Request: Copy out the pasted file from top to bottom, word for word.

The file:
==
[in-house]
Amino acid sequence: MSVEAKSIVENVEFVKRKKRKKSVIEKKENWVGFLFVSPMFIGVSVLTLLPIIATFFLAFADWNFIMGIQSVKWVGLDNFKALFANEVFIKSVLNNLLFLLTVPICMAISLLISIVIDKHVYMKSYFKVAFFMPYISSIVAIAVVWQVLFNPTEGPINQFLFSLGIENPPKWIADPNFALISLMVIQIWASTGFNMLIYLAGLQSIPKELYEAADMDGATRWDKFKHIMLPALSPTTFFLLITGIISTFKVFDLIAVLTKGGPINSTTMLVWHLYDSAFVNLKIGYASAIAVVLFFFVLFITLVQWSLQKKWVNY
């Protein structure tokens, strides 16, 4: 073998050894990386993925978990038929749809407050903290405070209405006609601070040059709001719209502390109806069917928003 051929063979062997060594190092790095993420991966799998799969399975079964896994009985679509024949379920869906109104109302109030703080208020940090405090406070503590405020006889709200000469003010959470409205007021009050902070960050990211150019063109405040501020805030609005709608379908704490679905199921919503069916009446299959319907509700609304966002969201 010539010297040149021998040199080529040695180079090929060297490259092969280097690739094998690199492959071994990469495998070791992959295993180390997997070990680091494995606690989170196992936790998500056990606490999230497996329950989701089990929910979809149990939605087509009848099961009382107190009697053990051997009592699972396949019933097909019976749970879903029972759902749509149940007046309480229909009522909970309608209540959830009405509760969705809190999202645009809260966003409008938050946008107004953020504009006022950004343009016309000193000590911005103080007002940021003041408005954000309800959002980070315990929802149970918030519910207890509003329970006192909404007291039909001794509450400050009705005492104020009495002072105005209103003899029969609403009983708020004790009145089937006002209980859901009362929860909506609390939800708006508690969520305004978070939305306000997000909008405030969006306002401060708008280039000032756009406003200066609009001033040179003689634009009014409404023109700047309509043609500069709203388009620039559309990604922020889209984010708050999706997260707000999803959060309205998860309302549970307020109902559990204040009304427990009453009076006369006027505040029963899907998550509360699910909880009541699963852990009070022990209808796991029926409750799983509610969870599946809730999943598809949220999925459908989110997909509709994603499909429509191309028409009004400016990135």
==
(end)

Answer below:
[in-house]
Amino acid sequence: MSVEAKSIVENVEFVKRKKRKKSVIEKKENWVGFLFVSPMFIGVSVLTLLPIIATFFLAFADWNFIMGIQSVKWVGLDNFKALFANEVFIKSVLNNLLFLLTVPICMAISLLISIVIDKHVYMKSYFKVAFFMPYISSIVAIAVVWQVLFNPTEGPINQFLFSLGIENPPKWIADPNFALISLMVIQIWASTGFNMLIYLAGLQSIPKELYEAADMDGATRWDKFKHIMLPALSPTTFFLLITGIISTFKVFDLIAVLTKGGPINSTTMLVWHLYDSAFVNLKIGYASAIAVVLFFFVLFITLVQWSLQKKWVNY
């Protein structure tokens, strides 16, 4: 073998050894990386993925978990038929749809407050903290405070209405006609601070040059709001719209502390109806069917928003 051929063979062997060594190092790095993420991966799998799969399975079964896994009985679509024949379920869906109104109302109030703080208020940090405090406070503590405020006889709200000469003010959470409205007021009050902070960050990211150019063109405040501020805030609005709608379908704490679905199921919503069916009446299959319907509700609304966002969201 010539010297040149021998040199080529040695180079090929060297490259092969280097690739094998690199492959071994990469495998070791992959295993180390997997070990680091494995606690989170196992936790998500056990606490999230497996329950989701089990929910979809149990939605087509009848099961009382107190009697053990051997009592699972396949019933097909019976749970879903029972759902749509149940007046309480229909009522909970309608209540959830009405509760969705809190999202645009809260966003409008938050946008107004953020504009006022950004343009016309000193000590911005103080007002940021003041408005954000309800959002980070315990929802149970918030519910207890509003329970006192909404007291039909001794509450400050009705005492104020009495002072105005209103003899029969609403009983708020004790009145089937006002209980859901009362929860909506609390939800708006508690969520305004978070939305306000997000909008405030969006306002401060708008280039000032756009406003200066609009001033040179003689634009009014409404023109700047309509043609500069709203388009620039559309990604922020889209984010708050999706997260707000999803959060309205998860309302549970307020109902559990204040009304427990009453009076006369006027505040029963899907998550509360699910909880009541699963852990009070022990209808796991029926409750799983509610969870599946809730999943598809949220999925459908989110997909509709994603499909429509191309028409009004400016990135």